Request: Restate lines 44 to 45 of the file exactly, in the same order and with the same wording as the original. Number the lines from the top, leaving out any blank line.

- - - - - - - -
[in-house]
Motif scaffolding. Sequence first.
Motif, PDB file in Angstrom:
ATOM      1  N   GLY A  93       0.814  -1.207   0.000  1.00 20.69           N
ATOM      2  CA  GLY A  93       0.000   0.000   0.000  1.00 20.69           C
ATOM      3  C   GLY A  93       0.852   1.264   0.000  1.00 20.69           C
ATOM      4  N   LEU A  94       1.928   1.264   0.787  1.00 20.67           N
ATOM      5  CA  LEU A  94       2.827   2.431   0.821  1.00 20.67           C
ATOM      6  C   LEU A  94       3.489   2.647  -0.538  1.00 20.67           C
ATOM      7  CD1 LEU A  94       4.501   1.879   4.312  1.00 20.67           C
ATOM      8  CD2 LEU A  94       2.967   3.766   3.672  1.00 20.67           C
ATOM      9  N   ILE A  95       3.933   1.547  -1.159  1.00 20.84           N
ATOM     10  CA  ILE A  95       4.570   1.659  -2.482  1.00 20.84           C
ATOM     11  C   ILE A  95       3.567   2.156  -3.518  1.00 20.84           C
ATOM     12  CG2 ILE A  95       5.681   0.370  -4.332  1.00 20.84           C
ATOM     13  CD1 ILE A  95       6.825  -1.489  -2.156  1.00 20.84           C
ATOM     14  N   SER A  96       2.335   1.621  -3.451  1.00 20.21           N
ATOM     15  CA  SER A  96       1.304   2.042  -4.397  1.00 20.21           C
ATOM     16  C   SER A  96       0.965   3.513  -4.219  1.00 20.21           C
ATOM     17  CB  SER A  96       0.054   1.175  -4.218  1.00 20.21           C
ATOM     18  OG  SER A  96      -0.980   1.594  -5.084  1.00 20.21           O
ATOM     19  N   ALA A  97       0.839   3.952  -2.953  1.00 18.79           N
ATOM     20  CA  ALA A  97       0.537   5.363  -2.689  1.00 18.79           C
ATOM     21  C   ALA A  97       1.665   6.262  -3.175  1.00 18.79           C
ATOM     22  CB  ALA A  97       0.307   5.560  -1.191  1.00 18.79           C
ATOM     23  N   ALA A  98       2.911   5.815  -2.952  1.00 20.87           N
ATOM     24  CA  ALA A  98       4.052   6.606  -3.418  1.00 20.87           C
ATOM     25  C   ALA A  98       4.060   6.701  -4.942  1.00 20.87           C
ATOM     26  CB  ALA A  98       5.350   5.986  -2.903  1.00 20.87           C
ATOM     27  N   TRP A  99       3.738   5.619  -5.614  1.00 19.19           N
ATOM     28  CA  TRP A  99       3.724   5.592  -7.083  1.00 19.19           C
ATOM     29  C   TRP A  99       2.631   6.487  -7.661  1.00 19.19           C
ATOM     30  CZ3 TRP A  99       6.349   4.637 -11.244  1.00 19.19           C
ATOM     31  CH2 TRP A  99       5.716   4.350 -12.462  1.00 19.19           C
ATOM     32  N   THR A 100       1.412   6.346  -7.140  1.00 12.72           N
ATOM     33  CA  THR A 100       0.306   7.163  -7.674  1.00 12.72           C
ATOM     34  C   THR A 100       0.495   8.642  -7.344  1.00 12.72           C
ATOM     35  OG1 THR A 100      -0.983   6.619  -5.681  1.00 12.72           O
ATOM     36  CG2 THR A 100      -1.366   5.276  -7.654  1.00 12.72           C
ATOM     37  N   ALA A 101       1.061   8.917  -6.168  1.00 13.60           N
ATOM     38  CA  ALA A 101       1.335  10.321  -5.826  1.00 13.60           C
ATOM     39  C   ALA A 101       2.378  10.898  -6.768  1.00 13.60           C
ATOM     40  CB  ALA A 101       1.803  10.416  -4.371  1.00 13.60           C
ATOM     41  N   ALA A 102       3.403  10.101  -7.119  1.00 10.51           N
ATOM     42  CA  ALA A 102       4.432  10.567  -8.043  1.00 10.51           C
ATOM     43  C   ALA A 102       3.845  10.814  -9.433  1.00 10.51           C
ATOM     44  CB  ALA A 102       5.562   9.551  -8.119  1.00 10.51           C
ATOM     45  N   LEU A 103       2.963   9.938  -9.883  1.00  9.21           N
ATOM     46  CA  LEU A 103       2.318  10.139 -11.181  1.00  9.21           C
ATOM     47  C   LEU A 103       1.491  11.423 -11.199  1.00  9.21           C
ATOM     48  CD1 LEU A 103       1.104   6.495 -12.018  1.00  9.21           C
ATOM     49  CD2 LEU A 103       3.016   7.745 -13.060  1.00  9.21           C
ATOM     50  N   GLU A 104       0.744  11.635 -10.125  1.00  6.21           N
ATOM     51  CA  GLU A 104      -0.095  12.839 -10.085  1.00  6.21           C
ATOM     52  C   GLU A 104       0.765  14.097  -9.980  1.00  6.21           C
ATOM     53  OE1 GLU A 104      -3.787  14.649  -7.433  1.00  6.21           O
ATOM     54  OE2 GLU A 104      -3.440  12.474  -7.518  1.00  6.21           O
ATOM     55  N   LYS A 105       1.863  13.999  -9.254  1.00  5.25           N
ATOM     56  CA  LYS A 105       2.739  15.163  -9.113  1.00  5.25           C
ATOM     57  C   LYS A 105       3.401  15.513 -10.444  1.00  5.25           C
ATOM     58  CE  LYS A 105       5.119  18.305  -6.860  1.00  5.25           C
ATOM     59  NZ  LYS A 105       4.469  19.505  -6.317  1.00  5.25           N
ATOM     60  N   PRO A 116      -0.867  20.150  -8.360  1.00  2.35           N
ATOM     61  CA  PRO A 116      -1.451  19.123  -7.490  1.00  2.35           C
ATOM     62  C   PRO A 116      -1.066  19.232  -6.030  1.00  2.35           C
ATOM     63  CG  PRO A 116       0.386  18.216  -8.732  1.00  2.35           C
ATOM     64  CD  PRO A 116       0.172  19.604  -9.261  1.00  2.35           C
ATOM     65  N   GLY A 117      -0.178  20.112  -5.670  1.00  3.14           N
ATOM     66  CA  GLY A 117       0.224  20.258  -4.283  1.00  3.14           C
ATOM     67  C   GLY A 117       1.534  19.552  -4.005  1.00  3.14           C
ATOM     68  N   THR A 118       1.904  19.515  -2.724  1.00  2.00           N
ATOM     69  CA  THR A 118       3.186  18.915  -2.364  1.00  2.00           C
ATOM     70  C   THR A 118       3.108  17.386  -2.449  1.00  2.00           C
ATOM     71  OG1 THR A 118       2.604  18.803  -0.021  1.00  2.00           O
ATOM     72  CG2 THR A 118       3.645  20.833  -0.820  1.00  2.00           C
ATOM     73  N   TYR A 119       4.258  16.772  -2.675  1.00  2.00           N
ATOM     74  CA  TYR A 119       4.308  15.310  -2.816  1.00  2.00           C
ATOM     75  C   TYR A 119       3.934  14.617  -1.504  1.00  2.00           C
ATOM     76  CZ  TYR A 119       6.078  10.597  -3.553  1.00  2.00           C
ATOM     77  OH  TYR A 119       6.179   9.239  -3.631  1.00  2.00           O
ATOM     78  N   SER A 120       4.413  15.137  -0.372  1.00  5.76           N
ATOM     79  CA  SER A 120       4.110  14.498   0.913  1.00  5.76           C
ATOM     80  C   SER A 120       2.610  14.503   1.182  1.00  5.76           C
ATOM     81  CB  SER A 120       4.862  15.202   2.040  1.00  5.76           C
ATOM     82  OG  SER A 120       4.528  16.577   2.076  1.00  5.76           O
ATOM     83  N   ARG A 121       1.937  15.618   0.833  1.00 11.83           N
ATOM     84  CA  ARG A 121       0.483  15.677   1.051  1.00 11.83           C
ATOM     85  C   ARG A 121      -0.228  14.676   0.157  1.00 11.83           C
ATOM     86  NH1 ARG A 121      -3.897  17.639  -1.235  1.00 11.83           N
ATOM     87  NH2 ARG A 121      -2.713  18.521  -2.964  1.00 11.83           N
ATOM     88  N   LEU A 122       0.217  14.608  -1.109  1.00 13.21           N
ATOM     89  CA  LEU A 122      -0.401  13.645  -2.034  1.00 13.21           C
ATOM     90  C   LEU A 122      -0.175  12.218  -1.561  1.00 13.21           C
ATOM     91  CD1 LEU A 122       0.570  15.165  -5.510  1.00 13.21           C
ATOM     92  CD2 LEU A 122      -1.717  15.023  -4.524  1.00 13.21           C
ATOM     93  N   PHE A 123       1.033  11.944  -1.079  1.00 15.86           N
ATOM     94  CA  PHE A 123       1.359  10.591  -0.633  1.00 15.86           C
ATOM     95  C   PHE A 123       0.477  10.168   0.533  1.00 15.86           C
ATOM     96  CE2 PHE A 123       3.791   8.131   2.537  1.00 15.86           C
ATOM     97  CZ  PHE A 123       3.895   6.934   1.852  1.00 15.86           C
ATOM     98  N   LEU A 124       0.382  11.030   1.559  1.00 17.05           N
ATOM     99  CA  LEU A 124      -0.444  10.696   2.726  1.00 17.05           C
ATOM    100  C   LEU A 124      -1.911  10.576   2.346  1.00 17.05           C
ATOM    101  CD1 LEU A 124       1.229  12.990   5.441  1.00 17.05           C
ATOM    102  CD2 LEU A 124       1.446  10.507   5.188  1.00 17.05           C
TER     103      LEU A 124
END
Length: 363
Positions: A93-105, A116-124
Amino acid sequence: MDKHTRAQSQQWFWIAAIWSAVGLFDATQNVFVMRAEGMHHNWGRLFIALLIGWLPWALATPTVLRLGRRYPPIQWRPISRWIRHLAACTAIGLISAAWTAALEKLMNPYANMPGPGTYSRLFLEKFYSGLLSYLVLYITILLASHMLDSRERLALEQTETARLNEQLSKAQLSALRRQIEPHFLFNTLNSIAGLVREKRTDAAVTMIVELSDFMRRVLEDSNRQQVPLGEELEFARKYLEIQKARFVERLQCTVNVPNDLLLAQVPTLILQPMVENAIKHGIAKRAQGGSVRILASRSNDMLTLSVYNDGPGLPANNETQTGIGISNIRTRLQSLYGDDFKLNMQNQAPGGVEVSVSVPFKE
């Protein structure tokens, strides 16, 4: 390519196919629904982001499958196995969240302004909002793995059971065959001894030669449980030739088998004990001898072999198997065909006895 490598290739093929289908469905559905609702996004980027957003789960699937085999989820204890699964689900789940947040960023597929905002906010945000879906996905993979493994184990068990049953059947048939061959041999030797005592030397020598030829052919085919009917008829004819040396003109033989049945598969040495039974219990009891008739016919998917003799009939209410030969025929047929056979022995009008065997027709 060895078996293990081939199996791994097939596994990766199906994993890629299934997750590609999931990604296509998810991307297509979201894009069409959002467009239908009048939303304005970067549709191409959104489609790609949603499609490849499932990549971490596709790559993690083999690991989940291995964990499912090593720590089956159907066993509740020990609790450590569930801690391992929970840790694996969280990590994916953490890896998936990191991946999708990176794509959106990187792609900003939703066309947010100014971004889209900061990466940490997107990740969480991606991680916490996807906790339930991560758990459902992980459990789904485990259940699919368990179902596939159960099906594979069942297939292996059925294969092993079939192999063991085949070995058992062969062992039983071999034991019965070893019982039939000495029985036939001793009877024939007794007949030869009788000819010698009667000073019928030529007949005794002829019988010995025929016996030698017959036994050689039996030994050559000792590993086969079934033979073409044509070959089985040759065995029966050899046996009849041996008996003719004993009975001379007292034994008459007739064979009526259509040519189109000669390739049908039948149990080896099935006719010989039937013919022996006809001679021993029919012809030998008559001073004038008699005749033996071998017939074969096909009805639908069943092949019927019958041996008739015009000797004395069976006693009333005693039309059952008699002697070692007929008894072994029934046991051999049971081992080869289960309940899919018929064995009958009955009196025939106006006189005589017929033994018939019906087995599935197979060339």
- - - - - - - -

ATOM     41  N   ALA A 102       3.403  10.101  -7.119  1.00 10.51           N
ATOM     42  CA  ALA A 102       4.432  10.567  -8.043  1.00 10.51           C